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00:15:45
What would it take for humans to travel to and live on Mars—and who is daring enough to do it? In this episode, we explore the Mars One project, which is planning human settlement on the red planet, and hear from scientists at NASA's Ames Research Center about adjusting to the Martian environment. We also meet some brave Bay Area residents who are hoping to make the journey.

00:01:30
At the Exploratorium, we are always experimenting. In this video, watch a close-up vantage of a bicycle trip along Crissy Field in San Francisco's Presidio.

00:04:05
Check out this video made by the Field Trip Explainers, and get a sense of what to expect during your Exploratorium field trip.

Join the Exploratorium as we connect live for the first time with NOAA's newest ship, the Okeanos Explorer. The Okeanos is on its maiden voyage, traveling from Hawaii to Indonesia. We will talk with scientists on the ship and discover what kind of research they are conducting.

00:22:00
Walter Kitundu, 2008 MacArthur Fellow and longtime Exploratorium friend, is an accomplished instrument builder, musician and artist. He is also a dedicated bird watcher and photographer. In this program we accompany Walter on a birdwalk, then have a chat about birds, art, and the perils and rewards of being an urban naturalist.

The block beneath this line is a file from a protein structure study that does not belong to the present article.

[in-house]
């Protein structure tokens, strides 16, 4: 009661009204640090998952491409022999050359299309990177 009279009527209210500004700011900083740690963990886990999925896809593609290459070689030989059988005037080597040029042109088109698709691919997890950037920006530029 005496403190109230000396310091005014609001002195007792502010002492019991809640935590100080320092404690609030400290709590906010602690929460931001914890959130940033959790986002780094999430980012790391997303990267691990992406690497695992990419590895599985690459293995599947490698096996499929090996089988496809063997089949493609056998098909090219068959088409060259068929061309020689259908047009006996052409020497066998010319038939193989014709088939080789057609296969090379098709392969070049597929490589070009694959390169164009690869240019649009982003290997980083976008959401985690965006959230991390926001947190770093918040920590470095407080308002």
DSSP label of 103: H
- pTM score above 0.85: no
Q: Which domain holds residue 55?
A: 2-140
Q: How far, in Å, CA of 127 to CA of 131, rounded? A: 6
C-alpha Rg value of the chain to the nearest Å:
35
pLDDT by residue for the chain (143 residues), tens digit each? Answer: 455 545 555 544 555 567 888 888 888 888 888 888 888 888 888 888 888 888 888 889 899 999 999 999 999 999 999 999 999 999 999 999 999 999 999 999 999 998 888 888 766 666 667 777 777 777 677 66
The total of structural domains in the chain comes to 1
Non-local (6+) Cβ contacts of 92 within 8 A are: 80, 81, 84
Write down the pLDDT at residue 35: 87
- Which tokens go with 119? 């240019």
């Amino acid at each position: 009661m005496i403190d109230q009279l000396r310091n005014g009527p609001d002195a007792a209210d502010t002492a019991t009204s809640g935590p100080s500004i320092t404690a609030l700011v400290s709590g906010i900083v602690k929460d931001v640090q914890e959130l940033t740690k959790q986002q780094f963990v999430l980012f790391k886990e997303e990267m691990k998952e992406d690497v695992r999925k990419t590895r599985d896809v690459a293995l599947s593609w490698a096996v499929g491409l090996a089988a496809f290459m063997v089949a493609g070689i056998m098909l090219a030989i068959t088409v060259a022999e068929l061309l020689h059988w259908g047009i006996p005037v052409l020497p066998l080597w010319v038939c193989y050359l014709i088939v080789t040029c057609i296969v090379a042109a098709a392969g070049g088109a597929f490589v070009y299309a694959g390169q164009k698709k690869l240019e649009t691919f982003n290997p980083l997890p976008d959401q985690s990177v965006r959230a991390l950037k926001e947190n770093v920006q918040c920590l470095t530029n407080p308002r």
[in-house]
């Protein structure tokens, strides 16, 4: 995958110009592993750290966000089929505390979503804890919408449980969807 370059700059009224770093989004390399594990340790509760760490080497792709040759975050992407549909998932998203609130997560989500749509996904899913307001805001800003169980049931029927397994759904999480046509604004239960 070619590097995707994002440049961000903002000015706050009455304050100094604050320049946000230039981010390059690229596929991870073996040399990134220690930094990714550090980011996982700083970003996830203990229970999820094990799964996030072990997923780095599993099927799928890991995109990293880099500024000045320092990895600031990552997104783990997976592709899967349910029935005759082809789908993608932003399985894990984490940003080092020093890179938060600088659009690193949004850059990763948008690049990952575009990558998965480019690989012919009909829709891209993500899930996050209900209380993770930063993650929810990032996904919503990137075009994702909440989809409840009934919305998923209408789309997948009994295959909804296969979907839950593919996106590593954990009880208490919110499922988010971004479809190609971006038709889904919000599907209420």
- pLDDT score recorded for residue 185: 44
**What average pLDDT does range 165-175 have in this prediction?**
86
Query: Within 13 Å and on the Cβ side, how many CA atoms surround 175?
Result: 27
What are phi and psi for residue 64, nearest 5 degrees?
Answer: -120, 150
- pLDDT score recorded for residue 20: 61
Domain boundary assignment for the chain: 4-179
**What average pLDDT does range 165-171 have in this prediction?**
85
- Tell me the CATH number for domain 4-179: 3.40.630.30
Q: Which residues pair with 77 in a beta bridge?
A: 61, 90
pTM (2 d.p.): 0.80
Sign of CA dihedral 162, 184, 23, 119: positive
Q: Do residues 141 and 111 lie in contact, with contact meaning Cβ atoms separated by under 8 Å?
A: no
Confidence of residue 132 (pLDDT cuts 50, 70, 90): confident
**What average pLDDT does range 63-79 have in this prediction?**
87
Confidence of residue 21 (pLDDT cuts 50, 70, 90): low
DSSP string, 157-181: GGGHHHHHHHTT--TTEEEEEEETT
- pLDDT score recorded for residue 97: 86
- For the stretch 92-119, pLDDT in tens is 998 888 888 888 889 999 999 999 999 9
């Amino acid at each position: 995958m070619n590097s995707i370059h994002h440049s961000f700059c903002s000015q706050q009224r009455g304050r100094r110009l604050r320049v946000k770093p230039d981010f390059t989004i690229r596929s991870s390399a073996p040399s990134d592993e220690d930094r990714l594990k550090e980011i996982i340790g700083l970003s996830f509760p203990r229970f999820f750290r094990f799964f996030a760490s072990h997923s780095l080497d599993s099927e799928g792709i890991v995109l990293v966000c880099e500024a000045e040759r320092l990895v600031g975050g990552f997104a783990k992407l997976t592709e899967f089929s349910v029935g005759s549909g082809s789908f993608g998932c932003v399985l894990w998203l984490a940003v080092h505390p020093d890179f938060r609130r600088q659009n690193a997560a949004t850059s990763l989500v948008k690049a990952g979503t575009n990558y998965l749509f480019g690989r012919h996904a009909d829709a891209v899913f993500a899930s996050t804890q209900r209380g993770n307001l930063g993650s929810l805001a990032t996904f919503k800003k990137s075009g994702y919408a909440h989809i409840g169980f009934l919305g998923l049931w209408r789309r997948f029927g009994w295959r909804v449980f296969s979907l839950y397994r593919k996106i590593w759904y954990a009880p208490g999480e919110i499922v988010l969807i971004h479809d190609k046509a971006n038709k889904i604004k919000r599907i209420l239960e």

00:01:21
Kenn Borek Basler(s) (more accurately called a Turbo DC-3) at the Williams Field which services McMurdo Station, Antarctica.

00:10:47
We tour the NOAA Atmospheric Research Observatory at the South Pole where scientists are monitoring carbon dioxide levels, CFCs, solar radiation, and the ozone hole.

00:01:35
Shots of the research pen at the Cape Royds adelie penguin colony.

00:25:19
Meet marine biologist George Matsumoto from the Monterey Bay Aquarium Research Institute and learn about the floating ecosytems that thrive around icebergs in Antarctic waters.

00:02:30
The POLENET project takes scientists all over the continent to install equipment, and to get there they leave from Williams Field, an airport near McMurdo Station. Willy Field has a runway equipped to handle the largest aircraft that fly into Antarctica. However, this runway is different; there's no pavement here - this runway is made of ice. POLENET's Stephanie Konfal gives us a look at Willy Field.